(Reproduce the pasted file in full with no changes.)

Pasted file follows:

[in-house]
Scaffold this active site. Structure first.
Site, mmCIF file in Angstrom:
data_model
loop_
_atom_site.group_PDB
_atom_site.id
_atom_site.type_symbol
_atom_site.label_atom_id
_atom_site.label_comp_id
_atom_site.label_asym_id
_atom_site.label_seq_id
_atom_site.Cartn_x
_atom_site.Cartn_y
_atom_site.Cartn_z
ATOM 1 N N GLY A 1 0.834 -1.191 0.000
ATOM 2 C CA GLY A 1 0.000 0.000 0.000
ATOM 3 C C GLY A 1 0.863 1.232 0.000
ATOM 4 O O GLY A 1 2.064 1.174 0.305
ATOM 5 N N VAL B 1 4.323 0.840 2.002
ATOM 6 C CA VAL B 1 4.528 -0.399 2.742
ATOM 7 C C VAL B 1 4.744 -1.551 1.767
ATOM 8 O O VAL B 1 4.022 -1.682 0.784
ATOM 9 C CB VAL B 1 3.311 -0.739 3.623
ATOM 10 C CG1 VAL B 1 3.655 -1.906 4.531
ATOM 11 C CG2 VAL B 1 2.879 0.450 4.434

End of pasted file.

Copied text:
[in-house]
Scaffold this active site. Structure first.
Site, mmCIF file in Angstrom:
data_model
loop_
_atom_site.group_PDB
_atom_site.id
_atom_site.type_symbol
_atom_site.label_atom_id
_atom_site.label_comp_id
_atom_site.label_asym_id
_atom_site.label_seq_id
_atom_site.Cartn_x
_atom_site.Cartn_y
_atom_site.Cartn_z
ATOM 1 N N GLY A 1 0.834 -1.191 0.000
ATOM 2 C CA GLY A 1 0.000 0.000 0.000
ATOM 3 C C GLY A 1 0.863 1.232 0.000
ATOM 4 O O GLY A 1 2.064 1.174 0.305
ATOM 5 N N VAL B 1 4.323 0.840 2.002
ATOM 6 C CA VAL B 1 4.528 -0.399 2.742
ATOM 7 C C VAL B 1 4.744 -1.551 1.767
ATOM 8 O O VAL B 1 4.022 -1.682 0.784
ATOM 9 C CB VAL B 1 3.311 -0.739 3.623
ATOM 10 C CG1 VAL B 1 3.655 -1.906 4.531
ATOM 11 C CG2 VAL B 1 2.879 0.450 4.434